Perusing the first of the 3, the speed of finding patterns in an artist practice becomes infinitely faster, and here we see the importance of Arakawa's body doing something, anything, an action to conjure the documentation.

See too: "The Sea" at Mu.ZeeGina Folly and Mandla Reuter at SALTS,  “Dai Hanzhi: 5000 Artists” at Witte de With

Neïl Beloufa at Balice Hertling

Neïl Beloufa at Balice Hertling

It's the distance between the thing and Beloufa's ruinous plastic version, showing light through its facade of Sci-Fi film, Reality video, and trade show beauty. Belfoufa's distilled tropes and cliches we have come to culturally love in the fun cardboard playtime version of; enjoyability in the mastery of lubricating forms of cultural massage, mediums of libidinal and candied fun.  We watch the sci-fi without the baggage of plot or anything really, just the wet surface of cold sci-fi, the gloss of display systems and fetish for the warm succulent life.

And see too: Timur Si-Qin at Carl Kostyál , Zak Kitnick at Clearing

Friday, July 3, 2015

“Popular Images” at Karma

"Popular Images" at Karma

"Popular images" is a perfect name. While appropriation dealt with images specific, today's hand-me-down version diffuses appropriation as a genericism, the culturally dispersed vagueness, accumulated echos in the gunked corners of visibility that we usually wash off our eyes, the hyper-distilled image of all the generic shit we see.
This inhabitation of the generic is meant as a critical doubling, to embody the other in clean assimilation of a replicant criticality, inverted where the ostensibly artistic human desires the borg-like reproductive body of capital info-machines. This doubling is expected as opposition to its takeover, but it may betray a latent desire to welcome the new overlords, to see the body destructed, and offer aid to the enemy. Like us and our reproductive master.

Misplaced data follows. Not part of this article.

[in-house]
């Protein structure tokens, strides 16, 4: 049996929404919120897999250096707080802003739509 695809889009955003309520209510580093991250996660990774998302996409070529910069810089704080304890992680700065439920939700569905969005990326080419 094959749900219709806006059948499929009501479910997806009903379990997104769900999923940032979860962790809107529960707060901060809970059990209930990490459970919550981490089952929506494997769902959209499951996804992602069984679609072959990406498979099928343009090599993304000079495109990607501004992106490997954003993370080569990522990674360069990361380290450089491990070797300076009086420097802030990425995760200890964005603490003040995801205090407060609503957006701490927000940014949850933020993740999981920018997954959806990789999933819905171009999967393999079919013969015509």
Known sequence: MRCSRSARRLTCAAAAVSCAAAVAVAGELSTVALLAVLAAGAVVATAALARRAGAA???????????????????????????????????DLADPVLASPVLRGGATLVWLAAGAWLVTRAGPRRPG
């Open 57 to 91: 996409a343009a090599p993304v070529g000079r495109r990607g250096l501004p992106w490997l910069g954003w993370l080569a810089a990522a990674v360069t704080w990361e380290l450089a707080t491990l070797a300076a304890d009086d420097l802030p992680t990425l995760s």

2 more versions of this show to come.

Thursday, July 2, 2015

Peter Coffin at Herald St

Peter Coffin at Herald St

Along with Mungo Thompson, Coffin surfing the mid-late 00's vogue for pop inflected conceptual art, cultural forms stressed into 70's reflexive systems. The artists wanted to be cultural pranksters, using the devices of conceptual art's powerful navel strip-mining on the world at large who might finally be made to care about art's tools. But they didn't and so found refuge in the lobbies of museums to friendlify their interiors with symbols the common-man would recognize, but with the value added of a wall-text able to explain why they didn't, and justifying educational budgets, the oldest, blandest, trick in the book.

Wednesday, July 1, 2015

Loretta Fahrenholz at Midway Contemporary Art

Loretta Fahrenholz at Midway Contemporary Art

Ditch Plains was as a success as one can have, preceded by its perfect promo-stills replicating across the art-network in a self-generating promo campaign. The stills reproduced so well, and functioned so perfectly to manifest desire for a summer blockbuster (still in theaters 2 years later) difficult to separate its expectation from arrival, but Plains fulfilled perfect the blockbuster function of libidinal fun for our eschatological drives, a post-apocalypse film-trailer, functioning itself as an ad, a future, fragmented images distending to project a unfolding and manifest a desire now for more.
 It's two years later now and it seems like still no one has had anything interesting to say about the film despite the massive press because like any blockbuster it has more to do with our cultural desires than any thing the film is "about," - which brilliantly Fahrenholz's film isn't - just black bodied apocalypse hip-hop and us who desire it.

See too: Frances Scholz at Tif Sigfrids